How pre-launch, pre-revenue Sydney startup Symbiot Technology made it to the finals of a Silicon Valley pitch competition
Friday, August 11, 2017/
Sydney-based renewable energy startup Symbiot Technology will be going head to head with top Silicon Valley talent as a finalist in the VERGE Accelerate 17 pitch contest, with co-founder Kyle Bolto saying it’s “100 times easier” to pitch to investors in the US compared to Australia.
Many founders would say the key to a good pitch is providing strong growth metrics and having runs on the board, but for Symbiot Technology, which is still pre-launch and pre-revenue, its energy-saving value proposition was enough to land a spot in the finals, which will take place next month at the VERGE 17 summit in Silicon Valley.
Symbiot Technology is the only Australian startup to be selected in the finals, and co-founders Kyle Bolto and Reza Monavari say securing US investment will be key to accelerating their startup’s exposure and growth.
Billed as a way to automate energy optimisation for the residential market, Symbiot Technology aims save its users 25-40% on their residential energy costs through a cloud-based platform and physical hardware that combines artificial intelligence, the Internet of Things and cloud-based technology.
The startup capitalises on the current debate around renewable energy, sustainability and power prices in Australia, yet has its sights firmly set on going global from day one, according to Bolto, who entered the pitch competition to “kickstart” the startup’s exposure in Silicon Valley.
“We’ve taken a bit of a strategy [in entering this competition] — when we started we wanted to be a global company and not be seen as just an Australian startup,” Bolto tells StartupSmart.
Run by the GreenBiz Group, the VERGE Accelerate contest is targeted at startups accelerating innovation in sustainability and climate change solutions. Out of close to 500 applications, Symbiot Technology was chosen to submit a video pitch, which was posted on the VERGE website and voted on by users on the GreenBiz platform.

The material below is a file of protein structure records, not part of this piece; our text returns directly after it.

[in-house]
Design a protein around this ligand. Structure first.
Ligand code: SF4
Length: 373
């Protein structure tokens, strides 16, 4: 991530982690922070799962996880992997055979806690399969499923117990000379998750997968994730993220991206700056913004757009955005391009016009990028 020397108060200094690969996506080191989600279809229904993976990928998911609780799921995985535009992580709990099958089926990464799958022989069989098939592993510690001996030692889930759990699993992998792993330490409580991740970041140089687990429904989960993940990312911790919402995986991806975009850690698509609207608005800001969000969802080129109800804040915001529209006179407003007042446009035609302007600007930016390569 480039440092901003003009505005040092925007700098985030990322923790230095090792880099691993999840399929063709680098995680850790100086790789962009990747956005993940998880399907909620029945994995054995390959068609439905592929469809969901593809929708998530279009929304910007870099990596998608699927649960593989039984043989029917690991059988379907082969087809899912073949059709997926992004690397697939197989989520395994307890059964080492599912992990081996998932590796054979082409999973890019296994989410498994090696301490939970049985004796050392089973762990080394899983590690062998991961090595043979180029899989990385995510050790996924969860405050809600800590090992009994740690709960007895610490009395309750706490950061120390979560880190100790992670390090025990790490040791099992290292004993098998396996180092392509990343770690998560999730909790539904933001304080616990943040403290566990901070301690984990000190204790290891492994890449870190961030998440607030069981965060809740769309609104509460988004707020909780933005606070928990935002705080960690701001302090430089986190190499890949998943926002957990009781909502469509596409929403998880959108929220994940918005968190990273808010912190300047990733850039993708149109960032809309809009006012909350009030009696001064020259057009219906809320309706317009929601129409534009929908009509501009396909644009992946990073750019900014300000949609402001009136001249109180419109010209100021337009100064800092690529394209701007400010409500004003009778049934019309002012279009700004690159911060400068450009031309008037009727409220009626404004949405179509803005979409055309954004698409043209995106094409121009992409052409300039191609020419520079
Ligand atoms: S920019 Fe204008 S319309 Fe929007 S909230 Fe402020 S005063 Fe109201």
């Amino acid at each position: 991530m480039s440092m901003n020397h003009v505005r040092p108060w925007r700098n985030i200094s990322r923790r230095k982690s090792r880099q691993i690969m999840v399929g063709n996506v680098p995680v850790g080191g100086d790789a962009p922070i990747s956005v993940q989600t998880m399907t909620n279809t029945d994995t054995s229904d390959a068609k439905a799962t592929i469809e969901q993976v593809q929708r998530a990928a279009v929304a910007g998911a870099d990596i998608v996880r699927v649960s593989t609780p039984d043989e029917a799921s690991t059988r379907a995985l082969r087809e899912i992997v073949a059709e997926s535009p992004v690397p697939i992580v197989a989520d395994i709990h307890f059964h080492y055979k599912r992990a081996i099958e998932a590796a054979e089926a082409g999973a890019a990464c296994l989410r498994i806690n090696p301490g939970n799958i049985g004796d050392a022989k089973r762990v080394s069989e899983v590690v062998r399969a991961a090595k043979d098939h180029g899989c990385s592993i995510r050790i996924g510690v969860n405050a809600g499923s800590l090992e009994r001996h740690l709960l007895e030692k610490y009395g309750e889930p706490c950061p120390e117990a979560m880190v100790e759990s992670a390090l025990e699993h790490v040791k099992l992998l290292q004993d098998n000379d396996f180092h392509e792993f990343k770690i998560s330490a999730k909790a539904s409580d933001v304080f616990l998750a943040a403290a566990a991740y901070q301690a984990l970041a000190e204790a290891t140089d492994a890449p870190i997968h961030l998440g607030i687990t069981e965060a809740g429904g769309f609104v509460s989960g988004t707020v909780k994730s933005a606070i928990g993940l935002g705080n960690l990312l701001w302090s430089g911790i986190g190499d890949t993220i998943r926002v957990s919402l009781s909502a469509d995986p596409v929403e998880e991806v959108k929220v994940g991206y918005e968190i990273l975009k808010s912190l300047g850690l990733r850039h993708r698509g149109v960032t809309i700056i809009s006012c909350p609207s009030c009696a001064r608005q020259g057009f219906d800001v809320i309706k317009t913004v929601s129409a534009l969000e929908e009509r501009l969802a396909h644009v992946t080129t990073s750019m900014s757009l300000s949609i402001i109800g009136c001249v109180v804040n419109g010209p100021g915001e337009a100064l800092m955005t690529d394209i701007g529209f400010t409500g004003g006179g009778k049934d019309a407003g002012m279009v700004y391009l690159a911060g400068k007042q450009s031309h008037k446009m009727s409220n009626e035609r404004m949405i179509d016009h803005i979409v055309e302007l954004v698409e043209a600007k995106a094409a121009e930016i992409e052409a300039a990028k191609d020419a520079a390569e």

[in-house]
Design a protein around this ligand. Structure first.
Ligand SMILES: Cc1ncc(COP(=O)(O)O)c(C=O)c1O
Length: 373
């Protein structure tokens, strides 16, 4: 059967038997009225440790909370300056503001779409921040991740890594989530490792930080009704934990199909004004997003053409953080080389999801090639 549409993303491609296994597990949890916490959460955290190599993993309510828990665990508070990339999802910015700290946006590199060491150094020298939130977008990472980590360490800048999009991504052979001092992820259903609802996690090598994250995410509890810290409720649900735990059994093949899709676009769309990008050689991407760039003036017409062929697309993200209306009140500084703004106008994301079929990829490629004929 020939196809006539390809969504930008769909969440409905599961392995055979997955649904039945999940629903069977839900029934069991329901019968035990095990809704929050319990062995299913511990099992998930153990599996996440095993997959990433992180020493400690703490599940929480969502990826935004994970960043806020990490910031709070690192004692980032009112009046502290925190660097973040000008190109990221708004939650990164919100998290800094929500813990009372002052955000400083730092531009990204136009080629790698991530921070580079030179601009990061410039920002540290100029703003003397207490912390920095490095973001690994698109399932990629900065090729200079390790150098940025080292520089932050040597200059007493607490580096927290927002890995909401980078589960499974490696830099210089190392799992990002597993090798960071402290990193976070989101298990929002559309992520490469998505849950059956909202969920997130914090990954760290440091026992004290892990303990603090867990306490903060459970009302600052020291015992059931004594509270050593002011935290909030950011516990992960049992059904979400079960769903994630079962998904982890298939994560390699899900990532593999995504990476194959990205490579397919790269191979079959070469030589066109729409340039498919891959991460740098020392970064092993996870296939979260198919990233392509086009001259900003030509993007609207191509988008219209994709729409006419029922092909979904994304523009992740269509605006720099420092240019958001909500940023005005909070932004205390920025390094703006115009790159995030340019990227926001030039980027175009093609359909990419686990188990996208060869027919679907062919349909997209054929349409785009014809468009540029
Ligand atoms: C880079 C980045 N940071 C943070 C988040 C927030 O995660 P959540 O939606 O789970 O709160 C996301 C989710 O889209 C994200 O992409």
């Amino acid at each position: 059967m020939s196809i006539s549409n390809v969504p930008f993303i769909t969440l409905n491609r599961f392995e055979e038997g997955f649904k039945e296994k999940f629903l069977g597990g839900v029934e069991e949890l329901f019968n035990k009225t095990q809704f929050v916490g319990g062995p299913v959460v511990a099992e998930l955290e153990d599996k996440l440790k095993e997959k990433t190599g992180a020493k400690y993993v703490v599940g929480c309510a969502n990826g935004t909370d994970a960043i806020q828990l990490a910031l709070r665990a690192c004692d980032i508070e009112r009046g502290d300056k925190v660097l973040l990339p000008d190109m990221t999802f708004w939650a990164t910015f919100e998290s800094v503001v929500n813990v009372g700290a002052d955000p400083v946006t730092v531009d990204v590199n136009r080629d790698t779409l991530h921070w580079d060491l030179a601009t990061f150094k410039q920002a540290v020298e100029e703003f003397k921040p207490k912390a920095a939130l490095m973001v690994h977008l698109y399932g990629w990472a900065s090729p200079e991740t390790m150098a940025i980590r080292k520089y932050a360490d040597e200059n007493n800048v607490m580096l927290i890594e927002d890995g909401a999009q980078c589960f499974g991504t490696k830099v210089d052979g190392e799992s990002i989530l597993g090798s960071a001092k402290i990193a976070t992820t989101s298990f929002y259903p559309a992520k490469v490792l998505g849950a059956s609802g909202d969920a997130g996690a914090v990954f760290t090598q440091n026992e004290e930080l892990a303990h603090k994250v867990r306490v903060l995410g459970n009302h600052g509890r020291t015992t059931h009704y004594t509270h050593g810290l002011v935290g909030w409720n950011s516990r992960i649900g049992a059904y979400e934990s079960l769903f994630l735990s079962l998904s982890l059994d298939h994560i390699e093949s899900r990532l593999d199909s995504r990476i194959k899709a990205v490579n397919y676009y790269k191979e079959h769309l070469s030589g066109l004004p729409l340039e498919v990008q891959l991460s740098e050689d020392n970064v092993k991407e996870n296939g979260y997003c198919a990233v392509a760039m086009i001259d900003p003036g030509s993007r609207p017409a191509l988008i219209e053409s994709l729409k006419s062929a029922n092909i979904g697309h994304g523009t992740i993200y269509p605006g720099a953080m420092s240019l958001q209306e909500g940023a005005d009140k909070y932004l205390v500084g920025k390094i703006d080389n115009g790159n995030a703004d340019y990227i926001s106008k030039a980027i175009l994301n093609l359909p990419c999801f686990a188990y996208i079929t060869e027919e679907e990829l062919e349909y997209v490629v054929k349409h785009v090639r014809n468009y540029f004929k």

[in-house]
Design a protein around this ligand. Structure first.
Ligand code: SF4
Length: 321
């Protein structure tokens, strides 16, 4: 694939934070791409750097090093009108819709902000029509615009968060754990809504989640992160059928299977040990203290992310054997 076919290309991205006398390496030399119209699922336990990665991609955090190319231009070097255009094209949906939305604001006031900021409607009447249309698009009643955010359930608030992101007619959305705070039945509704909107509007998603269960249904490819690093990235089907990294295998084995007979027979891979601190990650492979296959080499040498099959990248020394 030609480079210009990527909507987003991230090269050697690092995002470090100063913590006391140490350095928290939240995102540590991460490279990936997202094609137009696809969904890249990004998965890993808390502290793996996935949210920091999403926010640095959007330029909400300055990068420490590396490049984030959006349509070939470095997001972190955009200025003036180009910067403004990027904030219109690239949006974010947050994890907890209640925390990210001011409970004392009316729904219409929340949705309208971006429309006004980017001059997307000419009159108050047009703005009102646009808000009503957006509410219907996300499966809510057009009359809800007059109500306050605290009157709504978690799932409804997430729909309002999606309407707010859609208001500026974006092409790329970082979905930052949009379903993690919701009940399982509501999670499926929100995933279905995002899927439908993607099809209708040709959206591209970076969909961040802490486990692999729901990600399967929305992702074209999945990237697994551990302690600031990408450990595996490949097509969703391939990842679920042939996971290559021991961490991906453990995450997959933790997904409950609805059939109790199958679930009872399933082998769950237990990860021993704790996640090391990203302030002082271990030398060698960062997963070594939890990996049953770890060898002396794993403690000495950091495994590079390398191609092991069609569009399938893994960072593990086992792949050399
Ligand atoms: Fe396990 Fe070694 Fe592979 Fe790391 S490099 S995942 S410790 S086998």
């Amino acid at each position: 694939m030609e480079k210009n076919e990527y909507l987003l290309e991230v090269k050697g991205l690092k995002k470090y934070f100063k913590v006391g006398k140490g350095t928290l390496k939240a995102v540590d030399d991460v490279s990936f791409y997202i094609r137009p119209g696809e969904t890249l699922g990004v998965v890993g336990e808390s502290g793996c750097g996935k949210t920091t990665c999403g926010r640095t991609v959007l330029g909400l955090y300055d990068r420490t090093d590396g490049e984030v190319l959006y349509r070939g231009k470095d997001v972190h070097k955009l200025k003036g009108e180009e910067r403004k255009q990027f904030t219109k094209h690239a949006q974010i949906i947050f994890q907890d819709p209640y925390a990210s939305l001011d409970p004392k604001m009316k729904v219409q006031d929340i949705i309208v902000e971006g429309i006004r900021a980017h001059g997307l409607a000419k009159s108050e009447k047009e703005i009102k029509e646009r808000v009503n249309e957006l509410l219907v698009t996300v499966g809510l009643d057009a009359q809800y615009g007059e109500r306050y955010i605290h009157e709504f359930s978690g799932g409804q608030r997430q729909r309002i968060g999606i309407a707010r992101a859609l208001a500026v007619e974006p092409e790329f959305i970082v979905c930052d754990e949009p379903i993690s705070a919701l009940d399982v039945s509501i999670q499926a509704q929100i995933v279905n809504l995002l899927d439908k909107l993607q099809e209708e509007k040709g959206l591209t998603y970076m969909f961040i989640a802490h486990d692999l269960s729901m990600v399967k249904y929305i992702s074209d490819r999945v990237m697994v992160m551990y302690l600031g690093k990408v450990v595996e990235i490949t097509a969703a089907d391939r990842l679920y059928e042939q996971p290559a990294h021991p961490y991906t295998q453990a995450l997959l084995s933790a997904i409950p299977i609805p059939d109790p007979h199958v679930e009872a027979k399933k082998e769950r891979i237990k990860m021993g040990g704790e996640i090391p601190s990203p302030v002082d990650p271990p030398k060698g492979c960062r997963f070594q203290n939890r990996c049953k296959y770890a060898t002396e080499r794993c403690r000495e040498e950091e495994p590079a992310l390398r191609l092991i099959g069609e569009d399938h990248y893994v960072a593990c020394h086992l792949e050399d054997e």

The 34,000 community votes cast helped the VERGE judges narrow their selection to 14 finalists, including Symbiot Technology, which will now get the opportunity to pitch to an audience of nearly 2000 investors, business leaders, and government officials at the VERGE 17 summit, as well have their pitches broadcast to a global online audience.
Why the US?
Despite still being in its early stages, Symbiot Technology has already secured $350,000 in ongoing pre-seed funding from both Australian and US investors, and is looking to the US, rather than just Australia, as a key source of investment.
“I would say it’s 100 times easier [pitching for investment] in the States than in Australia,” Bolto says.
“It’s a cultural thing; what we’ve learnt is that in Australia … while the startup space is getting better, it [the ecosystem] is still hugely conservative and hugely skeptical,” he says.
“We don’t get the same response in the US — culturally it’s a lot different. It’s a shame, to be honest.”
Know what story you want to tell
Since founding Symbiot Technology in mid-2016, Bolto and Monavari have been splitting their time and funding efforts between Australia and the bay area of Silicon Valley, and their experience speaking to investors in both markets has helped to hone their pitch for the VERGE Accelerate finals.
“We’re trying to get really clear about what our proposition is, what story we want to tell,” Monavari says.
“We’re really [working on] trying to explain something very complex in a nice and simple and easy to understand way where people can see the value [in the proposition] really quickly,” he says.
Bolto says founders looking to pitch to investors and customers need to be “as clear as you can” without getting bogged down in the technicalities of how the product works.
“In detailed tech fields the inclination is to describe in detail how it works, [but] investors and customers don’t really care about the ‘how’,” Bolto says.
“What they care about is what is the value proposition. Don’t over-explain the how. Spend a lot of time describing the proposition and the value you’re going to create for both the customer and the investor,” he advises.
“You don’t have to launch in Australia”
Bolto and Monavari are focusing on building a pilot program for Symbiot Technology, which is expected to roll out in the Sydney area in September and will involve a 500 residential-site trial of the energy-saving technology .
But while the startup is launching its pilot in Australia, Bolto says Symbiot Technology won’t necessarily be officially launching Down Under. Instead, the founders are taking a more global approach.
“[Startups] don’t have to launch in Australia just because you’re Australian [based] — in certain markets that may not be the right strategy,” he says.
“We are trying to build a go-to-market strategy based on the trial, which will validate the value we are delivering to consumers. Then we will work out which markets are going to be worth attacking first,” Bolto says.
“The partners and appetite in a market are factors that will drive where we go when we launch.”
Bolto suggests that instead of staying home-grown, the driving factor for where startups launch should be “where can you offer the most value and where can you build scale and validate your business quickest and most effectively”, be that in Australia, Europe, the US or other markets.